LITIN , town in Vinnitsa district, Ukraine. In 1578 the king of Poland, Stephen Bathory, permitted the owner of the estate of Litin to establish a town on his land and to hold two annual fairs which "all the citizens of the land, Christians, Jews, and merchants from foreign countries," would be permitted to attend. In 1616 there were 88 houses in the town; 12 belonged to Jews. In 1765 there were 481 Jews; in 1847, 1,804; and in 1897, 3,874 (41% of the total population). Schools for Jewish boys and girls existed there in 1910. On May 14, 1919, a Ukrainian gang conducted pogroms in Litin and 180 Jews were killed and Jewish property looted. Other riots were in late May and July of that year. A Yiddish school operated in Litin from the early 1920s, and a Jewish woman headed the town council for many years. In 1926, 2,487 Jews lived in the town (30% of the total); by 1939 the number had dropped to 1,410 (27.8% of the total). The Germans occupied Litin on July 17, 1941. They executed 56 young Jews on August 20, and on December 19 they murdered 1,800 Jews. In a labor camp in town the Germans kept a couple of hundred skilled artisans who were killed off gradually in mid-1942, the last dozen being murdered that fall. About 1,000 Jews from Bukovina, who were deported there, were also murdered. All together 3,353 were killed according to Soviet sources.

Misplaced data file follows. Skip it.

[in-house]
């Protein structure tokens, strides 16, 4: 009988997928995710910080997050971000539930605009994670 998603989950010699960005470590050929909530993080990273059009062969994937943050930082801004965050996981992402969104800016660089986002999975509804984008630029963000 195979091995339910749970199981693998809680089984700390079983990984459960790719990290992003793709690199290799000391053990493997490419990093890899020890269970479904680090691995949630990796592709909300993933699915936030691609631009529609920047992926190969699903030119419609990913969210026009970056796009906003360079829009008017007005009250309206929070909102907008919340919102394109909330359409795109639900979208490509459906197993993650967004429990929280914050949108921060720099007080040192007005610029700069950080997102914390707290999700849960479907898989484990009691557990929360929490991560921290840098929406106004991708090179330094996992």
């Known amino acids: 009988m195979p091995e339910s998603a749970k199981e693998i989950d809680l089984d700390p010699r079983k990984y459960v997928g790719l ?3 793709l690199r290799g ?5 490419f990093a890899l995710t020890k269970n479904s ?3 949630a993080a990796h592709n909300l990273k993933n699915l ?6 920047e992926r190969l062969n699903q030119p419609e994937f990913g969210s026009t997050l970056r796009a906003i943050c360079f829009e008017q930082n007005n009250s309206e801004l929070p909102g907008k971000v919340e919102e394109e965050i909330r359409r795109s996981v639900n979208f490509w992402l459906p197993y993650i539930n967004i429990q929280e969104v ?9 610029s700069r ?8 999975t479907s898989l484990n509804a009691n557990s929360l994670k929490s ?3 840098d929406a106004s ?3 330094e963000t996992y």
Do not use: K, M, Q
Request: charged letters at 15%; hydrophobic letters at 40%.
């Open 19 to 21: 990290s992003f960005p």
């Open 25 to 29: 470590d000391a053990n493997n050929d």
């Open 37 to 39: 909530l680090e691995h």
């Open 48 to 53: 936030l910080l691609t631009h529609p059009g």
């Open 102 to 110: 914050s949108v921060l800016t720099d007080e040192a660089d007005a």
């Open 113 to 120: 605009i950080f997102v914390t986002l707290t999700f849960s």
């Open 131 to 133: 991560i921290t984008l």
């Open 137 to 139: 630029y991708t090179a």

Ẓe'irei Ẓion Rusyah, Naftulei Dor, 2 (1955), 142.
[Yehuda Slutsky /
Shmuel Spector (2nd ed.)]